With so many variable aspects of this problem to consider, it is important to know that in addition to everything else, there is no universal agreement about the cause of Peyronies. Some say that injury alone cannot start the problem as we have described above, but that other genetic and metabolic factors must also be present. The Peyronie’s Disease Institute takes the position that this is true. However, if a man never sustains direct injury to the area he is far less likely to develop Peyronies. With age not working in the favor of any baby boomer couple, it is important to evaluate all situations in which direct injury can affect this area – especially sexual activity. This requires that special caution is exercised if a baby boomer gentleman finds he no longer has the usual firmness he previously possessed (erectile dysfunction). Attempting intercourse with a partially flaccid organ can result in sudden buckling or abrupt bending during insertion or the sex act itself. Another way to prevent injury is to modify the techniques used during sexual relations. The single most common injury that starts Peyronie’s disease occurs when the female partner is on top, and she loses hold of him while she thrusts down, jamming and painfully bending him against her upper thigh. To avoid this kind of injury it is important to not use any female-superior position, but to use other techniques in which physical contact is controlled, firm and not likely to disengage during activity. Even if baby boomers have never heard of this terrible condition that robs a couple of one of the greatest pleasures of life, it happens every day. Now that you know about Peyronie’s disease you can do a lot to protect the best years of your life. Dr. Theodore Herazy has practiced Alternative Medicine for over 40 years, and has directed the Peyronie’s Disease Institute for the last eight years. He has written two books about this problem, “Peyronie’s Disease Handbook” and “Peyronie’s Disease and Sex.”

zp8497586rq

Peyronie's Pain

Peyronie's disease pain is different with each man

Peyronie’s disease symptoms – even Peyronie’s pain – can be extremely variable. In fact, one of the things that makes Peyronie’s pain so undependable as a factor on which to create a diagnosis of Peyronie’s disease is that the penile pain is a different presentation from one man to another. Because of the wide variety of Peyronie’s disease pain symptoms, Peyronies treatment can be equally variable when using Alternative medicine.

Peyronie’s pain symptoms

The onset of Peyronie's pain symptoms can be sudden or slow, but most often will appear in less than a month after direct injury. Often the pain related to Peyronie’s disease is worse at the beginning of the problem, and then gradually improves over time – perhaps in a few weeks or months. Other men have a delayed onset of Peyronie’s disease pain. For all these reasons it is not a reliable way to judge the severity of the condition or to use to calculate the time necessary for eventual recovery.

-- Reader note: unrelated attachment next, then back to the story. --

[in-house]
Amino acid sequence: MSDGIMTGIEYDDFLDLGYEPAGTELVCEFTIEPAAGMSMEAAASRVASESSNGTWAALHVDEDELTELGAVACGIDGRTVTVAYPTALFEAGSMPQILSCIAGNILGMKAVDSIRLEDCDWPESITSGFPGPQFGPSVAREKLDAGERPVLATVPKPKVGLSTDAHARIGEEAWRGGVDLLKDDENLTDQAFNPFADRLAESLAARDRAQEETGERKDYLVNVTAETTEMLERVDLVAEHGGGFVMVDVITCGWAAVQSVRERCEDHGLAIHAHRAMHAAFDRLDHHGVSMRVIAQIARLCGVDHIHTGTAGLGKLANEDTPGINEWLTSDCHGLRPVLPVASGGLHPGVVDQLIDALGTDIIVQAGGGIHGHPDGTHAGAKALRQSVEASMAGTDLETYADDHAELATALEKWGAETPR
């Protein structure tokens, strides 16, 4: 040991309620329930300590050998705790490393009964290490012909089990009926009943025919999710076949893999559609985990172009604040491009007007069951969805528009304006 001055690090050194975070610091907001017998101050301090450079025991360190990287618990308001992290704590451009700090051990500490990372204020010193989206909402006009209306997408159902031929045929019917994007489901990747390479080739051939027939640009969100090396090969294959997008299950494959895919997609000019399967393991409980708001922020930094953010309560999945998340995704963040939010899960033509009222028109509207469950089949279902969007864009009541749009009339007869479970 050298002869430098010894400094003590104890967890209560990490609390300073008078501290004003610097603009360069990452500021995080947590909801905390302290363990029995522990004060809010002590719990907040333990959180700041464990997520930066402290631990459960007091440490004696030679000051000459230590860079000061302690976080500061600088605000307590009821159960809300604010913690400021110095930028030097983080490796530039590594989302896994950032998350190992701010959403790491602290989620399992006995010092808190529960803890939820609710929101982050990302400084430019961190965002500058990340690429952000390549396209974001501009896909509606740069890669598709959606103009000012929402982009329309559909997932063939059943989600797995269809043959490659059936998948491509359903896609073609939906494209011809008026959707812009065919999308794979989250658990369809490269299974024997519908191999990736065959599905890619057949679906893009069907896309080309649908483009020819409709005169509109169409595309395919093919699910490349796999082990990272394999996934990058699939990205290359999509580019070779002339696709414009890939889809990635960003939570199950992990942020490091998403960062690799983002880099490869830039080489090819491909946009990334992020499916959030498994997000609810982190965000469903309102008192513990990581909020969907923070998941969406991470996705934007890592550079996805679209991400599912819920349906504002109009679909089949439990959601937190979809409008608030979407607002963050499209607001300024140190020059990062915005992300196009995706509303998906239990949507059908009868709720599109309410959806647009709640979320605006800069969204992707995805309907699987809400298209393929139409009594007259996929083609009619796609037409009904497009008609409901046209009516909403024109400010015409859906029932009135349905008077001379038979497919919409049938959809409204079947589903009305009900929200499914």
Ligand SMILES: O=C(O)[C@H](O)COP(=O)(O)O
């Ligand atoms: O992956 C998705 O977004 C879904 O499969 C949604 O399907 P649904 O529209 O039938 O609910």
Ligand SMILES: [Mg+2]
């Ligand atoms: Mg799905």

For many men the pain associated with the actual injury that causes the problem to begin can be greater than the daily Peyronie’s pain that is associated with living with the condition. For others, the pain associated with the actual injury is mild and brief compared to the daily Peyronie’s pain they experience. Again, all of this is related to the variable nature of all Peyronie’s disease symptoms.

Peyronie’s disease pain patterns

Peyronie’s pain most often occurs with an erection during the first six to 18 months after onset. However, pain associated with Peyronie's disease may present itself in many ways:

  • Only during an erection
  • Only when not erect (flaccid)
  • Only during an orgasm
  • Only when the penis is touched

Peyronie’s pain originates in Buck’s fascia

The scar tissue, also known as a plaque, associated with Peyronie's disease and the variable pain it can cause can often – but always – be felt below the surface of the skin of the penis as small elevated or flat beads, lumps, bands of slightly to greatly dense and hard tissue. These soft tissue masses are located in a layer of soft tissue in the tunica albuginea. However, the scar in the tunica albuginea does not cause the actual Peyronie’s pain. The pain originates from the many pain fibers found just below the tunica albuginea in another layer of soft tissue called Buck’s fascia.

Apparently, when a man experiences intense or frequent Peyronie’s pain, it is because the scar is large enough or deep enough to press down deeper from the tunica albuginea into Buck’s fascia. And when pain is not as great a complaint, it is because Buck’s fascia is not being irritated by the scar or plaque material.

For a more comprehensive discussion of Peyronie’s disease pain, local penile anatomy and Peyronie’s disease treatment you can start searching the Peyronie's Disease Institute website at Peyronie's disease introduction.

zp8497586rq